4. Use Rules to Sort and Delete Irrelevant Emails
Every day, there will be irrelevant emails arriving in your Inbox that are purely a distraction. Unfortunately, they often don’t contain a unsubscribe link. Some common examples include:
Automatic Notifications: If you’re assigned to a team on a work collaboration platform, such as customer relationship management (CRM) software, that platform may send an email every time a change is made in the system.
Non-work-related Emails: Sometimes a team leader or department will send daily/weekly emails with trivia, memes, or jokes designed to boost staff morale.
Threads You Shouldn’t Have Been Included On: Occasionally, someone will send a mass email that gets dozens of replies—none of which have anything to do with you or your job.
To prevent these emails from hindering your productivity at work, use Outlook’s rules function to skip the Inbox and send those emails straight to the trash—or to another folder. For example, you can create rules that ensure emails from your boss with a certain subject line are always sent to the To-Do folder and emails from a newsletter you regularly read are sent to the Someday folder. Follow the step below to create a new rule:
Right-click the email, hover over “Rules,” and select “Create Rule.”
Choose the criteria for the rule:
“From [Sender]” will execute the rule any time you receive an email from a specific email address or contact.
“Subject contains” will execute the rule any time a specified subject line is used.
Select what happens when the rule runs:
To sort emails out of your Inbox and into the appropriate folder, check “Move the item to folder,” and select the folder where you want the emails to be sent.
You can choose the “Deleted Items” folder if you never want to see them, or you can create a separate archive folder if you may need to review the emails in the future.
Click “OK” to apply the rule.
If you want to prevent getting future emails on a specific thread, instead of creating a rule, you can just use Outlook’s ignore function. Ignore automatically sends future replies to that thread to your “Deleted Items” folder so you don’t receive them in your Inbox.
Right-click the email, select “Ignore,” and confirm the action.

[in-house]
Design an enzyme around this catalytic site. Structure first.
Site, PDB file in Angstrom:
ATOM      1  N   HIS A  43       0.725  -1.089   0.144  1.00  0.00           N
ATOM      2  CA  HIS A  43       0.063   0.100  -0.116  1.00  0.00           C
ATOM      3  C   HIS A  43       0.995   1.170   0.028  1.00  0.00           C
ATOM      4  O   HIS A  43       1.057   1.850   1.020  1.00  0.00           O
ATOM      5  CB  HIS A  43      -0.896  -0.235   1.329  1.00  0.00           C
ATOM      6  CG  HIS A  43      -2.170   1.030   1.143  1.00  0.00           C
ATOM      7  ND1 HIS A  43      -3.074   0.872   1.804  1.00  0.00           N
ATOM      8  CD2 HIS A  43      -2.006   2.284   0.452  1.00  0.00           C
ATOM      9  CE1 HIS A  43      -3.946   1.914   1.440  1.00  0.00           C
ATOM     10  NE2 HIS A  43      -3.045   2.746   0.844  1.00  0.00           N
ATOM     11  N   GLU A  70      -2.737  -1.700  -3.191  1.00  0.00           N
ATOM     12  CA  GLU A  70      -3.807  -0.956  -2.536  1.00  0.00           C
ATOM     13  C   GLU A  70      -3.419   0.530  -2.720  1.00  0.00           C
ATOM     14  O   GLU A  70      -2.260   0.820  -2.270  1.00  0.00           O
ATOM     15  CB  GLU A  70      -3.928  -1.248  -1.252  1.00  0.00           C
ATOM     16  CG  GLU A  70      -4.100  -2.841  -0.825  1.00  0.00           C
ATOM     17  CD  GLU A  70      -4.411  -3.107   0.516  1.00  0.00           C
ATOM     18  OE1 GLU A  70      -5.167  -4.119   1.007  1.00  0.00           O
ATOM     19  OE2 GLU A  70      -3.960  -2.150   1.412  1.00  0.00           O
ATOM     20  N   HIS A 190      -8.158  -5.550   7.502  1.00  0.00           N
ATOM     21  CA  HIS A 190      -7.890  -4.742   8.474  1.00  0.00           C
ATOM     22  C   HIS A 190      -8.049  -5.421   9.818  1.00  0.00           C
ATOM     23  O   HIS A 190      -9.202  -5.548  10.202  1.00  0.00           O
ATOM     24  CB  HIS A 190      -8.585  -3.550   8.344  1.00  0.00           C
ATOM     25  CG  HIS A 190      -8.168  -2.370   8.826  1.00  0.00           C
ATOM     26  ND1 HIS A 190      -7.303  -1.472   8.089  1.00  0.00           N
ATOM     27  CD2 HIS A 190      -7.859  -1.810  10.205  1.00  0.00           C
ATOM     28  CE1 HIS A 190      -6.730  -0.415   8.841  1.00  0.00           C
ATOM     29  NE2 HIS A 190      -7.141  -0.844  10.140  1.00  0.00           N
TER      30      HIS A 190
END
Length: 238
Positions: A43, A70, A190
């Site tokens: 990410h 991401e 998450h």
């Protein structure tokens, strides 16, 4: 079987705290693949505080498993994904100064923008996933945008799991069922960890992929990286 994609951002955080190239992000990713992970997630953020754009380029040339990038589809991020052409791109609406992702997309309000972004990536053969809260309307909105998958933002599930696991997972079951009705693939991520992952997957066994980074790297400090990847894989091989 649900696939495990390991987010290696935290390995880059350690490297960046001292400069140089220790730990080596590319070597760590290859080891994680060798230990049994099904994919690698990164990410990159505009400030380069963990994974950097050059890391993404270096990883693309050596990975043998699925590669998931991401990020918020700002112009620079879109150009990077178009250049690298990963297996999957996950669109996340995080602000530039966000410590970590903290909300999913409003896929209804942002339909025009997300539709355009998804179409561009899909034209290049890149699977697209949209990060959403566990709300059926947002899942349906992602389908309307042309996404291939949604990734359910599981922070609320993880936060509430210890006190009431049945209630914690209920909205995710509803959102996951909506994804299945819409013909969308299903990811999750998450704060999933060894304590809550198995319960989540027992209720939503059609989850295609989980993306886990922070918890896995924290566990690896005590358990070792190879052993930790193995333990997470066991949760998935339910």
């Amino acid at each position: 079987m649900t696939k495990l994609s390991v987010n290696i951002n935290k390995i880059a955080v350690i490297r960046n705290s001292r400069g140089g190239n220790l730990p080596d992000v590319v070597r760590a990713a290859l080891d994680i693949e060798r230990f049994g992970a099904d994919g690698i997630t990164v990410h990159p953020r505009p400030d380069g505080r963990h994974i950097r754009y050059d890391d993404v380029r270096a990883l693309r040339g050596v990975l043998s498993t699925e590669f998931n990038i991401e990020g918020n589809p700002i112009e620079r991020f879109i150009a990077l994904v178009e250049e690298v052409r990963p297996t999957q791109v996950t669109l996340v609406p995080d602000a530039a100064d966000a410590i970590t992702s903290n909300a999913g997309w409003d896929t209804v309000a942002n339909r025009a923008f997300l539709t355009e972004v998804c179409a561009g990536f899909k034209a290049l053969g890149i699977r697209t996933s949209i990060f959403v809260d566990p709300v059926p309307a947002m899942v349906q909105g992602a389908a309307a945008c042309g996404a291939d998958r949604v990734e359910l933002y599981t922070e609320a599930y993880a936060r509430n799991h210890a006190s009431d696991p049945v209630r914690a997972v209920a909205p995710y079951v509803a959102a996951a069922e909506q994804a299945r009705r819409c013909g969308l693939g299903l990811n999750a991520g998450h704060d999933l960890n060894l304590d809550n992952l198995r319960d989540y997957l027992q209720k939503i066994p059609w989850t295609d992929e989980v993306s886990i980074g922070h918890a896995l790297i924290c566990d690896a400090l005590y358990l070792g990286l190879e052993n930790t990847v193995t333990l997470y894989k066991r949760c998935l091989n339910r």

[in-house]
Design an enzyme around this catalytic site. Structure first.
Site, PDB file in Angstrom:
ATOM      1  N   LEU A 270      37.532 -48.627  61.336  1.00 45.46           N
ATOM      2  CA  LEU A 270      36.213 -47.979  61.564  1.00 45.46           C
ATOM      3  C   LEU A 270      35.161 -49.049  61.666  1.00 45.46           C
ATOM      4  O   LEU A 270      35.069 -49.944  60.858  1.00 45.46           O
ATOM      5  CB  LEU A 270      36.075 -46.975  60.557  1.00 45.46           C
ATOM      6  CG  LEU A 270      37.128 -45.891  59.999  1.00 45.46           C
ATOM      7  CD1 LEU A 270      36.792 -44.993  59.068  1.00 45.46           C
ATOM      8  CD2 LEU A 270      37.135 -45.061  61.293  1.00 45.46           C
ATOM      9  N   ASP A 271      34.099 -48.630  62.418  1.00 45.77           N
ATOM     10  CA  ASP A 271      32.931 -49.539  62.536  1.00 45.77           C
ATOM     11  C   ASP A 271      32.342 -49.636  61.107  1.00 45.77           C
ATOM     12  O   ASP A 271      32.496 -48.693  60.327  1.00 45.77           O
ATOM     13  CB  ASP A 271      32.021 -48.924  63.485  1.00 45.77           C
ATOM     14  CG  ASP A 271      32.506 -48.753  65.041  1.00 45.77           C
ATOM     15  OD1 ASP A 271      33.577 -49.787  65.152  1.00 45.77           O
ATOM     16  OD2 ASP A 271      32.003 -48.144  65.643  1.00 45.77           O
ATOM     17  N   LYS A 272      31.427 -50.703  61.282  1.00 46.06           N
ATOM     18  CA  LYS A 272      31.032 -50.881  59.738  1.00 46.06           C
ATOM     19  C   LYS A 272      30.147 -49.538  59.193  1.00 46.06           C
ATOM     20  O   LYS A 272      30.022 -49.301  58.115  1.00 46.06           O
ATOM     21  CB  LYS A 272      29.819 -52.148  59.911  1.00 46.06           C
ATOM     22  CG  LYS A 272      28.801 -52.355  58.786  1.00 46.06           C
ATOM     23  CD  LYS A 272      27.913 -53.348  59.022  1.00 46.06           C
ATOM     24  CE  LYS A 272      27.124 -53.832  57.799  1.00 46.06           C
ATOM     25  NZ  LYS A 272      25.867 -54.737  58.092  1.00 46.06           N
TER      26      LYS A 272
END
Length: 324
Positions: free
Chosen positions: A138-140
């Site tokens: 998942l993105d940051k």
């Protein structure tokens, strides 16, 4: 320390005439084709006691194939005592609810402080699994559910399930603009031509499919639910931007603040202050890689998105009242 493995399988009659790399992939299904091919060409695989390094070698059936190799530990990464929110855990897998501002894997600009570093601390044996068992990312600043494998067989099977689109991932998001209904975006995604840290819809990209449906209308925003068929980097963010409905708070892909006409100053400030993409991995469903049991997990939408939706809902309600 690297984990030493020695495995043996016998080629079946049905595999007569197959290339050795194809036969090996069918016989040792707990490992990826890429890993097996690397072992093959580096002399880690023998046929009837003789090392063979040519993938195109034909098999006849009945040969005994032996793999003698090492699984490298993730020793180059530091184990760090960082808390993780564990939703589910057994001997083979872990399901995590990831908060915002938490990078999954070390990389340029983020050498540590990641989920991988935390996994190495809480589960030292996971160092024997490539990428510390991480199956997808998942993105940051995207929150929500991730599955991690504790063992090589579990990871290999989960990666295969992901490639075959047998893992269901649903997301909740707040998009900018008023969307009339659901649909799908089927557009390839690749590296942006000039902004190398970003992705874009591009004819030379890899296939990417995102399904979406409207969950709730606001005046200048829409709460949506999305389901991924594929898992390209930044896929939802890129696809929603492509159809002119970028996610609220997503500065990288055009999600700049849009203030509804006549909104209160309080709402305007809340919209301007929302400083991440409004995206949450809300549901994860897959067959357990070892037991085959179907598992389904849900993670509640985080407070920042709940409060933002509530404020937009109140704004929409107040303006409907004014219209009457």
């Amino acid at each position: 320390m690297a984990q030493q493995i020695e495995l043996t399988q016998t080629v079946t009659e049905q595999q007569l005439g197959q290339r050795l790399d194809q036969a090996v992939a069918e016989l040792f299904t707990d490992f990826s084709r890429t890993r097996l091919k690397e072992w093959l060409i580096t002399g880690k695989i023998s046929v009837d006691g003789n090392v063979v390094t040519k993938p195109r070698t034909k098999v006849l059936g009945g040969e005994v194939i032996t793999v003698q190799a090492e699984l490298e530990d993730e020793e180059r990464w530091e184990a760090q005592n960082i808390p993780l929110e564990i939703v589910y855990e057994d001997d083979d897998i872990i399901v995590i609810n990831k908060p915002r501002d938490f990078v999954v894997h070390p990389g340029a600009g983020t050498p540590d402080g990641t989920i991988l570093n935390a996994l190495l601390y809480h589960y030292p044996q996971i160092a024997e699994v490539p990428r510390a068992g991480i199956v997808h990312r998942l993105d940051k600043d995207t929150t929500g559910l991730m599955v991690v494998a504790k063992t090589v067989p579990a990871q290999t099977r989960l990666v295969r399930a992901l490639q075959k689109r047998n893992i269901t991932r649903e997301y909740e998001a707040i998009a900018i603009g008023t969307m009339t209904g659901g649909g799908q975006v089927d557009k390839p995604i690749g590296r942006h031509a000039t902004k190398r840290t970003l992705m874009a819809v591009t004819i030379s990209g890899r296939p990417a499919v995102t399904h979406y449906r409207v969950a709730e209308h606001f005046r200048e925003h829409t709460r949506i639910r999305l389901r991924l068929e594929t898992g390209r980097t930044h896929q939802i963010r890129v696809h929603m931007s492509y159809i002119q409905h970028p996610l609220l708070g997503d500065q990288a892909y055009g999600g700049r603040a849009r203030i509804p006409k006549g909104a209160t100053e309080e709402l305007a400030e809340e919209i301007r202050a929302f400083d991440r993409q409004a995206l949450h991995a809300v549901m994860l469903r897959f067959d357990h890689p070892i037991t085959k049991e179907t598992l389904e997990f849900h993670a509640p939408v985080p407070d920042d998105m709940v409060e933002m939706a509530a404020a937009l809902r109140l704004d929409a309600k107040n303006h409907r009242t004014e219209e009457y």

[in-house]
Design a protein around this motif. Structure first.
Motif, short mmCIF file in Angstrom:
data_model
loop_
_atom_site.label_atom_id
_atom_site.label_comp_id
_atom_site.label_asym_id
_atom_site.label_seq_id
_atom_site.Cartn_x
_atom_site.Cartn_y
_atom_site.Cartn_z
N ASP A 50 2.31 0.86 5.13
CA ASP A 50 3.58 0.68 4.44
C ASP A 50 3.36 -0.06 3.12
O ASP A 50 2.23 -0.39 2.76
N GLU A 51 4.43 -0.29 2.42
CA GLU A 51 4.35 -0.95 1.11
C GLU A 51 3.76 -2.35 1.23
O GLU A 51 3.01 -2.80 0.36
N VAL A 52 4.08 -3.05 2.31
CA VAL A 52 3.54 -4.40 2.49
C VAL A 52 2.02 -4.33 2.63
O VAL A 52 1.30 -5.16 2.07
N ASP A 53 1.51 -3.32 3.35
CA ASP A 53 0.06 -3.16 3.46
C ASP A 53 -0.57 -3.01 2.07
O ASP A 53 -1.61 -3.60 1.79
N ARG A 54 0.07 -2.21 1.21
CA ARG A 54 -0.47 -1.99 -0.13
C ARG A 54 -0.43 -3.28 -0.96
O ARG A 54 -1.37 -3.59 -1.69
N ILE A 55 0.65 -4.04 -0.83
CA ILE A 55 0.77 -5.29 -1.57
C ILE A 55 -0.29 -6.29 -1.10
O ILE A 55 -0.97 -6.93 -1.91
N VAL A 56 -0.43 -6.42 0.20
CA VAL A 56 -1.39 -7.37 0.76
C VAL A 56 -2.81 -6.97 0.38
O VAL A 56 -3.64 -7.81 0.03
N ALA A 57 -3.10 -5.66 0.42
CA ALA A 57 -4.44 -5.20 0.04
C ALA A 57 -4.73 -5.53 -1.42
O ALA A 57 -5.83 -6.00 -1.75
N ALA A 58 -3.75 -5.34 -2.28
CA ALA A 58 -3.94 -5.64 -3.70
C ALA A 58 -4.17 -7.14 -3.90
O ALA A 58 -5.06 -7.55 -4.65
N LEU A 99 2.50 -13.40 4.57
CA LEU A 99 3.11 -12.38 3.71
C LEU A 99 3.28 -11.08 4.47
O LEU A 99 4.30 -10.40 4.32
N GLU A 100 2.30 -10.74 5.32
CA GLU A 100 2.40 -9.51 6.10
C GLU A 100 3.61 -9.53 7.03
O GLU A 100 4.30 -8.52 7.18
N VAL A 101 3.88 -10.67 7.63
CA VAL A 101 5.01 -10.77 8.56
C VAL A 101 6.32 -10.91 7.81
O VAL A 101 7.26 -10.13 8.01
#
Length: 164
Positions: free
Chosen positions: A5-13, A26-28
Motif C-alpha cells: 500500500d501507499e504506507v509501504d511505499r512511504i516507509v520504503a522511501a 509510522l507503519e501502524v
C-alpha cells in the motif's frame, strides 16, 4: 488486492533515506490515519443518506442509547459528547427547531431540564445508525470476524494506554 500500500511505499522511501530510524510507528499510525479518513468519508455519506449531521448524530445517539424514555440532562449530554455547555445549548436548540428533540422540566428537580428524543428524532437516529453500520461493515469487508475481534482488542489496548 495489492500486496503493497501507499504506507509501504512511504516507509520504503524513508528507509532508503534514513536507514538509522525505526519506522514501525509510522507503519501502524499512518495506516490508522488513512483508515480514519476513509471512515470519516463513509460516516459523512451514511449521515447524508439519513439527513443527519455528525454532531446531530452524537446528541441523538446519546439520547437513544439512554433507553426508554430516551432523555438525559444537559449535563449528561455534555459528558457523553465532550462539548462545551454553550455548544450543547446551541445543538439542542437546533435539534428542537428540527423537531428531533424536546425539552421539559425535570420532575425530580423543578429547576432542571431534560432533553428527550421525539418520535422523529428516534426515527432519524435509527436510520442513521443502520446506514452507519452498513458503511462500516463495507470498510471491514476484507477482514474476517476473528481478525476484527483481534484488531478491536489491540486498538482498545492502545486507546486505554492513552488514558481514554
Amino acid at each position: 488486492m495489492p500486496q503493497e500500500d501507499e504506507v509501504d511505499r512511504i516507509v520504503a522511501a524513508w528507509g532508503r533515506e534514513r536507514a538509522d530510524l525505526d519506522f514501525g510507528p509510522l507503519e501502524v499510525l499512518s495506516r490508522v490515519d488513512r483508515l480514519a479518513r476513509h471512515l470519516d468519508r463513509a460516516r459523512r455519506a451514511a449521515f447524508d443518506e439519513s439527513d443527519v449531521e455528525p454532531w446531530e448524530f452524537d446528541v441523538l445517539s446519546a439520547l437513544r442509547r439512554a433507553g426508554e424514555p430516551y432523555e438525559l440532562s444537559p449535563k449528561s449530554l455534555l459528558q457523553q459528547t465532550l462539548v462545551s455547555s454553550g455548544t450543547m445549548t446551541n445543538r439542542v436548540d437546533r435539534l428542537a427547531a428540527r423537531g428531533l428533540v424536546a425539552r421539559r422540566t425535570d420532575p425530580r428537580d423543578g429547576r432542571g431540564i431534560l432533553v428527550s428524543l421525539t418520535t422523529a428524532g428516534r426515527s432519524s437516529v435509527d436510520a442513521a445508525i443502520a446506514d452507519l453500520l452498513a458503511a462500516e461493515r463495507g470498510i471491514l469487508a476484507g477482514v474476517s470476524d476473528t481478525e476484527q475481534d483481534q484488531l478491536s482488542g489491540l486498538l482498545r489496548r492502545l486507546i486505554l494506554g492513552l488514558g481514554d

5. Create Response Templates to Common Questions
A large amount of time is wasted on handling frequently asked questions via email. You find yourself typing the same answer repeatedly or having to find an old response to copy and paste. Work smarter by using Quick Parts to insert that text into email replies in just a few clicks. When you’ve finished typing a response that you expect to send again, follow the steps below to save the text as a Quick Part:
Highlight the text you want to save in the email, and click the “Insert” tab.
Within the “Insert” menu, click “Quick Parts,” and select “Save Selection to Quick Part Gallery.”
Give your new Quick Part a descriptive name and click “OK.”
With this Quick Part saved, you can now add that text to any email with just a few clicks.
To add the text, place your cursor in the body section of the email, click the “Insert” tab.
Click “Quick Parts,” and then select the Quick Part you want to insert.
The prewritten text will automatically appear in the body of your email, and you can edit and customize it as needed for your new response.
6. Use Quick Steps to Take Automatic Actions
If you’ve mastered the previous Outlook tips and are interested in learning more advanced email management, it’s time to look at Quick Steps. Quick Steps allows you to automatically perform a more complex series of actions based on a trigger.
Imagine this common scenario: at the end of the month you receive a series of invoices from vendors or contractors. Your normal process is to review the invoices, forward the invoices to your accountant, and create a reminder to follow up with the accountant a week later to make sure the invoices were paid.
Quick Steps helps you complete the last two steps in less time compared to you performing the tasks manually:
Click the “Create New” button in the Quick Steps section of the Home ribbon.
Give the new Quick Step a descriptive name and select the first action: “Forward.”
Type your accountant’s email address into the “To” field.
Click the “Add Action” button to select the second action: “Create a task with attachment.”
Click “Finish” to create the Quick-Step.
After you review an invoice, you can now execute the Quick-Step to forward the email and create a reminder task. Select an email containing an invoice and click the appropriate Quick-Step in the Home ribbon.
The email forward and task windows will open automatically. Click “Send” to forward the email and set a due date and reminder for the task before saving, if required.
There are many ways to use Quick Steps to speed up email processing. Spend some time thinking about the repetitive actions you take on emails and set up Quick Steps to streamline your email management, so it becomes an effortless process.
The tips outlined above are just the beginning of the numerous ways you can use Outlook Desktop Client to simplify your email management. Remember, our certified support team is always available to support you with any technical issues relating to email management and other areas of IT. Contact us to find out more about what we can do for you.
Note: Above are tips and tricks for the Outlook Desktop Client specifically and not the Outlook Web App.